Originally posted: Tue, 22 Feb 2005 22:02:08
In 1989, the US was still fairly alarmed about the strength of Japanese and German economies relative to the US. In that context, this report urges the readers to make telecommunications infrastructure a priority. Although the US was well ahead of most countries in its infrastructure development, that development had slowed and deregulation had lessened its coherence. The US had long relied on private companies to develop infrastructure, and the authors acknowledge that this "has resulted in a telecommunications infrastructure that brings universal, affordable basic telephone service to nearly all U.S. citizens" (p.4). (This is the second articulation of universal service, in the terms I've been using as I've explored the concept.) Indeed, the US was "the first and only country to provide universal, affordable telephone service" (p.21). Yet that status was at risk.
The authors define "infrastructure" as "the physical plant (copper wire, switching facilities, optical fiber, coaxial cable and radio transmissions equipment, including satellite systems) which enables voice, data and video to move from one point to another, or among many points, by means of publicly- or privately-owned transmission systems" (p.6). Notice that this leaves behind Plain Old Telephone Service (POTS). The authors also include "piece parts" such as "lasers and semiconductors, as well as emerging technologies such as X-ray lithography and advanced television (ATV)" (p.6).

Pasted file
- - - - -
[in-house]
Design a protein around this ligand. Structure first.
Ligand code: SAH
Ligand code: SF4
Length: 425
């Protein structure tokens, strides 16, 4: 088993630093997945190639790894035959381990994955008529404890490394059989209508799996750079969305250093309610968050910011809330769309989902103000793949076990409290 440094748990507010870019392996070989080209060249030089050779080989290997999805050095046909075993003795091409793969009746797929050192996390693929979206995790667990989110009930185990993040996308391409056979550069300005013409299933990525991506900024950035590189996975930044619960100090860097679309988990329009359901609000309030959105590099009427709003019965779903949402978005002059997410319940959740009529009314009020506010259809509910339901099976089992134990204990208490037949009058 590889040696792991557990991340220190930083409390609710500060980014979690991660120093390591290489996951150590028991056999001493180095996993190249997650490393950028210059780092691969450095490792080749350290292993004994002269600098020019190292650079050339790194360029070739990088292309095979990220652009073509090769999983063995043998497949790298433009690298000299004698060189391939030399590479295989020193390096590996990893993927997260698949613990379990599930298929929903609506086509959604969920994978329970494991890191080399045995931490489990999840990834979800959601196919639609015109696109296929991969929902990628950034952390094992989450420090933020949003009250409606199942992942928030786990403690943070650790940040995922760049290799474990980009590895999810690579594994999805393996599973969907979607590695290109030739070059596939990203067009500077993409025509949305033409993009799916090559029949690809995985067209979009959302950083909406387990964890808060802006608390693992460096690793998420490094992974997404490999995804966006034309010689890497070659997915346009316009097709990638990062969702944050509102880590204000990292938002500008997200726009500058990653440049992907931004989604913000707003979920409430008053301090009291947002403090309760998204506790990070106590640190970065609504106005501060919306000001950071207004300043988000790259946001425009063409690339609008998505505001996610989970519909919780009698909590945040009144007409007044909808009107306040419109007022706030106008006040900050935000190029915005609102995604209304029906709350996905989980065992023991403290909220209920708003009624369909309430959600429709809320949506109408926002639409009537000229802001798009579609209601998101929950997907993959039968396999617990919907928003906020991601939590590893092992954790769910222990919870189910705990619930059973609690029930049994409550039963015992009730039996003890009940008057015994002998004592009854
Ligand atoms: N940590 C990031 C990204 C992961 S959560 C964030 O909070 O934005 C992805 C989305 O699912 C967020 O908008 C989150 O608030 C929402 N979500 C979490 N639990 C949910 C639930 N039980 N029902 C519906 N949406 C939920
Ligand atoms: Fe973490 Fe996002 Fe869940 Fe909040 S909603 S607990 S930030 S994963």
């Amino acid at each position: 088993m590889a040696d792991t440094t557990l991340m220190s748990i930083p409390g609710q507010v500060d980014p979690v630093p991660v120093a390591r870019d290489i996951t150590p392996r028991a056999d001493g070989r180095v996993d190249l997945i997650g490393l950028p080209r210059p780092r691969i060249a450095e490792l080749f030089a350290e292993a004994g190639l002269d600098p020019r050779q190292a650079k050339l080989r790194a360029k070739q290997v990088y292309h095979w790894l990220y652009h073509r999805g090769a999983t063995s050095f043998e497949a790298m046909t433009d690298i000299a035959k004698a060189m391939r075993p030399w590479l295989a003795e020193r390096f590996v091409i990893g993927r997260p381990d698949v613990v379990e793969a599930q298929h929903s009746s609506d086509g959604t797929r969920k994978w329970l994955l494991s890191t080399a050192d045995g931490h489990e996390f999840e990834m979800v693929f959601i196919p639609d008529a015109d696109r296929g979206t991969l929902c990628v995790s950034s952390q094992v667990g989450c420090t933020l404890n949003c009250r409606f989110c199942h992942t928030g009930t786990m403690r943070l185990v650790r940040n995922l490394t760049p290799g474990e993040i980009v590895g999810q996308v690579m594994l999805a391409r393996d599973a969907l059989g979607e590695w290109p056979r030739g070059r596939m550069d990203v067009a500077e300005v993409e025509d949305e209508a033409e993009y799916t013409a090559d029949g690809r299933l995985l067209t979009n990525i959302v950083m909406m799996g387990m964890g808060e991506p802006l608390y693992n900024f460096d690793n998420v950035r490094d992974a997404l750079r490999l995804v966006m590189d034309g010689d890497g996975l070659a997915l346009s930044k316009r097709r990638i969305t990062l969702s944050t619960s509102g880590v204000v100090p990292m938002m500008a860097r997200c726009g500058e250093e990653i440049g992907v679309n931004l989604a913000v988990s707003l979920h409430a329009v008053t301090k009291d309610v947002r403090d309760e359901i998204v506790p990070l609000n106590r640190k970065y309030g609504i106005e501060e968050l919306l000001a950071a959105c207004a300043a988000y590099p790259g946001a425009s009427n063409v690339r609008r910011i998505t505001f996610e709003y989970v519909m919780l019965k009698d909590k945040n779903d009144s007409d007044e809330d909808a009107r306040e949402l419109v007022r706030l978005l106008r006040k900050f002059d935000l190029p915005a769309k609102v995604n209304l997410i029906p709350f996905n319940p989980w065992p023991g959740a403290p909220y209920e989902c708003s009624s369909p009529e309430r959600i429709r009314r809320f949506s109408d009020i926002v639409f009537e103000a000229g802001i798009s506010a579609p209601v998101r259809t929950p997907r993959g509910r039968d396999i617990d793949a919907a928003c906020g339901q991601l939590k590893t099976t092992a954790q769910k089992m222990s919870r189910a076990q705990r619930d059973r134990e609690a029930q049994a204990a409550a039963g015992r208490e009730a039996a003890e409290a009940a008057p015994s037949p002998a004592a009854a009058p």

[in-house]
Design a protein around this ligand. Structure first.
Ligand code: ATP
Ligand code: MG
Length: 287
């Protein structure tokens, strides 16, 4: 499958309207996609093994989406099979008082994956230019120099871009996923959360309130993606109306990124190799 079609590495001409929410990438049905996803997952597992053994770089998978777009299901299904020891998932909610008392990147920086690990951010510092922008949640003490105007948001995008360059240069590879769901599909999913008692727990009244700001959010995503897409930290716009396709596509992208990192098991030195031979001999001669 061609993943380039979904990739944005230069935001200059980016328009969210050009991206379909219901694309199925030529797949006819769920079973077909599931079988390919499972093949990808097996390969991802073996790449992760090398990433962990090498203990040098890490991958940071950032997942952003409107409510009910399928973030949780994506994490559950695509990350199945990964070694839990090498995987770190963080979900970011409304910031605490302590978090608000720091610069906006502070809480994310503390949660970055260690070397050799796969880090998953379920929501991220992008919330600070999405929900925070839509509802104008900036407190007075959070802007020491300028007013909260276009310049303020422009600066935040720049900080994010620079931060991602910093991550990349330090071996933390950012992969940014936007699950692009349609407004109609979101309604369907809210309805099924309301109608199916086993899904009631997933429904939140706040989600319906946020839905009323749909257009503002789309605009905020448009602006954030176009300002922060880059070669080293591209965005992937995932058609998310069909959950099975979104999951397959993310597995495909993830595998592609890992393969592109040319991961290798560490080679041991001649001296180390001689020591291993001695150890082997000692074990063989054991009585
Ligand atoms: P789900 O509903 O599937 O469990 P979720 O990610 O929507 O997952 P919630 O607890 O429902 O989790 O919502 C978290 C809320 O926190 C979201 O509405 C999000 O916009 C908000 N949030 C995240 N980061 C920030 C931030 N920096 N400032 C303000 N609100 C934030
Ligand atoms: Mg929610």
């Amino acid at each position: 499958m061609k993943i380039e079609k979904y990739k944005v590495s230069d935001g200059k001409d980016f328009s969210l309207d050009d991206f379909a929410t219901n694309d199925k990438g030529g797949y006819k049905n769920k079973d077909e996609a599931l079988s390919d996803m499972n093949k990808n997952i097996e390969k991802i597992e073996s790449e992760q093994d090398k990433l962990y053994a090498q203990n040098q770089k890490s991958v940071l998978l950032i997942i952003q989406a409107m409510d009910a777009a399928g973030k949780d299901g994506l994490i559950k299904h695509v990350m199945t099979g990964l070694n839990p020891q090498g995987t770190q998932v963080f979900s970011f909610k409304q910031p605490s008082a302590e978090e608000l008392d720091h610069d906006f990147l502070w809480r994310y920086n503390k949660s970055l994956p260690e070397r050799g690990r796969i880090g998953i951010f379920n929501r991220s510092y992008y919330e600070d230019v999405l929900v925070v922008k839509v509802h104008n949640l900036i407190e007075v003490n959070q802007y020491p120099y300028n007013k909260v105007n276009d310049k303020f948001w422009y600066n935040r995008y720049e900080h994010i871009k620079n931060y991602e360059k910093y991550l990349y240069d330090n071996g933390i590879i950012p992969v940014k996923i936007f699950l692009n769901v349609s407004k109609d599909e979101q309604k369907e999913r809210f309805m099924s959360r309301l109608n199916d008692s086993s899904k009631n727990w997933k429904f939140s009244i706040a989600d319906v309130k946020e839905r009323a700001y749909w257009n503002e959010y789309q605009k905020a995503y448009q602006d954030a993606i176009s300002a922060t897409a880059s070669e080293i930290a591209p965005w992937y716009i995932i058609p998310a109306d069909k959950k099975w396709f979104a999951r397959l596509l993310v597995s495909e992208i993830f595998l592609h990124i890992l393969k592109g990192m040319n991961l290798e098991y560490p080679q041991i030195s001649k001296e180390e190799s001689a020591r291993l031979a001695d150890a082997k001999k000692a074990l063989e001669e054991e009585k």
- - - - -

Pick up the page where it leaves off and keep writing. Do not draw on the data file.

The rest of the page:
One impediment to getting these piece parts and infrastructure technologies to work together was the state of US regulation. As a result of the 1983 Modification of Final Judgment, Regional Bell Operating Companies (RBOCs) could not own cable TV systems or provide long distance (p.10). So these technologies were held apart through regulation. (In the wake of the Telecommunications Act of 1996, some of these restrictions have been lifted. Now you can get cable TV, high speed Internet access, and phone service from the same company.)
These regulations were put into place to guard against monopolies while encouraging investment in the infrastructure. But the authors suggest that "the current regulatory environment neither encourages such investments nor provides the best protection for consumers" (p.25). The traditional rate of return no longer provided adequate incentives due to the increased competition (p.25). And the rate-of-return regulation which guarded against fleecing the consumers had resulted in "perverse asymmetries": "shareholders do not reap the benefits of a highly profitable investment, and yet might very well bear the loss associated with an unsuccessful investment" (p.26). The authors conclude that regulatory alternatives should be pursued. >
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